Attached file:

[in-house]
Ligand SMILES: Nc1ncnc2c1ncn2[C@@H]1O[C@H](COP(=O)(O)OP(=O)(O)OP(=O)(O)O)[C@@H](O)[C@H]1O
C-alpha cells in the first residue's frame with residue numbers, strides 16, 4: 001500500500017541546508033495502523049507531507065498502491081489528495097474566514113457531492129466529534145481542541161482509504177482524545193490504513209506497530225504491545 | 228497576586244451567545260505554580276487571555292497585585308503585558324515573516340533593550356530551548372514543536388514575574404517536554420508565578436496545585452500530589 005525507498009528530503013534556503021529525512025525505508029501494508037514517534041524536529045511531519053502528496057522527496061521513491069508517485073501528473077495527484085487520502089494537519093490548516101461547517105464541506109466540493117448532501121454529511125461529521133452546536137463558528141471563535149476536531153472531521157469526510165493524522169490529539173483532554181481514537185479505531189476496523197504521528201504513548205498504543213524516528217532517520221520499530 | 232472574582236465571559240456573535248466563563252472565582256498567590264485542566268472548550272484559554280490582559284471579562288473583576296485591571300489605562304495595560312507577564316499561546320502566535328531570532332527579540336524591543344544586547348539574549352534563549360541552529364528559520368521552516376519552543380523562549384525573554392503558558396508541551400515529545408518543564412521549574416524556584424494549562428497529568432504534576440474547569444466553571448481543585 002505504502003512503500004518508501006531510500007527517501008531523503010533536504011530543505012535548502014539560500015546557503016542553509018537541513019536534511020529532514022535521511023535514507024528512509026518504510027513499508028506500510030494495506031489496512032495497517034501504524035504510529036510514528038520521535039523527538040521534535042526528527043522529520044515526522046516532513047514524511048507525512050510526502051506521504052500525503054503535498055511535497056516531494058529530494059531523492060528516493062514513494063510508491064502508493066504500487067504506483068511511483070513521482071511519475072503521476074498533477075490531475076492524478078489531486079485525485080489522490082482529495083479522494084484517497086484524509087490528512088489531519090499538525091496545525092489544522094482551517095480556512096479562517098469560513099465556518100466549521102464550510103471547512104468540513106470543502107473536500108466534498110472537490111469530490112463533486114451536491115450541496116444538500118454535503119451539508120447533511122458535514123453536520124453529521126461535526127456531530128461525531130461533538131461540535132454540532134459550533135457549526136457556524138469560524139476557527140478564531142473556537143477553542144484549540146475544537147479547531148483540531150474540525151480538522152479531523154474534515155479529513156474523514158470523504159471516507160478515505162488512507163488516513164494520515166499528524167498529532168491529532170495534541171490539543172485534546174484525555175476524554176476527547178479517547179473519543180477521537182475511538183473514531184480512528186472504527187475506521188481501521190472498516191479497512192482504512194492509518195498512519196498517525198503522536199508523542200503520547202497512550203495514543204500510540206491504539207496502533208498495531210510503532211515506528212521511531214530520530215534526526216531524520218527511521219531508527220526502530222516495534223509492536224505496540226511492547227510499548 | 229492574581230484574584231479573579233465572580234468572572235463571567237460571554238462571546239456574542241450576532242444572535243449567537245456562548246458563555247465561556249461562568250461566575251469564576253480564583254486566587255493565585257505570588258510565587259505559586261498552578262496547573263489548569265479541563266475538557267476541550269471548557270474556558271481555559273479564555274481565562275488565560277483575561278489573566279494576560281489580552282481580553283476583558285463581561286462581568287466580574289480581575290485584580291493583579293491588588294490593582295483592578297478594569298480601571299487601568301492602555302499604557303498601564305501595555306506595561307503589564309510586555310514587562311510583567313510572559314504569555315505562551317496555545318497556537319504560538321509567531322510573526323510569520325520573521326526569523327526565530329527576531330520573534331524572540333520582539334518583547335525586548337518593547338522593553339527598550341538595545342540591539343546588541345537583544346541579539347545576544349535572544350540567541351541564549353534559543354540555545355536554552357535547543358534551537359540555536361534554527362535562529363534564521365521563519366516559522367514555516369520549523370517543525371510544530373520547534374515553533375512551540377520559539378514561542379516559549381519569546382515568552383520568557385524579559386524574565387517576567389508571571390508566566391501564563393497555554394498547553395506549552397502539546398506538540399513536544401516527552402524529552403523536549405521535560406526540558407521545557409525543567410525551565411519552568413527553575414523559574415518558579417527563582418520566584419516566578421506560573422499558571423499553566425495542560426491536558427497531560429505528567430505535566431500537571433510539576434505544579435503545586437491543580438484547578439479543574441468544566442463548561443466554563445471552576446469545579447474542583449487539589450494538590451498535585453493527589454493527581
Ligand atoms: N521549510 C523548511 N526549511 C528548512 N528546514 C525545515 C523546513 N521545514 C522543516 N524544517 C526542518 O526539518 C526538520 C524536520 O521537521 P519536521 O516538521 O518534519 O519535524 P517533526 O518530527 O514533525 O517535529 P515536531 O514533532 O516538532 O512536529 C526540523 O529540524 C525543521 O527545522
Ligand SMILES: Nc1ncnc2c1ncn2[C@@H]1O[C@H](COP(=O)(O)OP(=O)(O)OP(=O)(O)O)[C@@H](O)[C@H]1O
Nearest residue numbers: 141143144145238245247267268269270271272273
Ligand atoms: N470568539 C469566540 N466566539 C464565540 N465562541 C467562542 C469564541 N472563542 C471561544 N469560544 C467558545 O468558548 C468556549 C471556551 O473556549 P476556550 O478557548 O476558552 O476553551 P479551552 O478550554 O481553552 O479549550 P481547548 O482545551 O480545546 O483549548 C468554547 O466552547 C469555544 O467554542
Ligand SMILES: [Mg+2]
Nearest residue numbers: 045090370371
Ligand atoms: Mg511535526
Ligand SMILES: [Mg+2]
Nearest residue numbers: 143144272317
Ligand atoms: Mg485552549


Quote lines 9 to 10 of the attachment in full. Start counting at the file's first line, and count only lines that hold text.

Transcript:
Nearest residue numbers: 045090370371
Ligand atoms: Mg511535526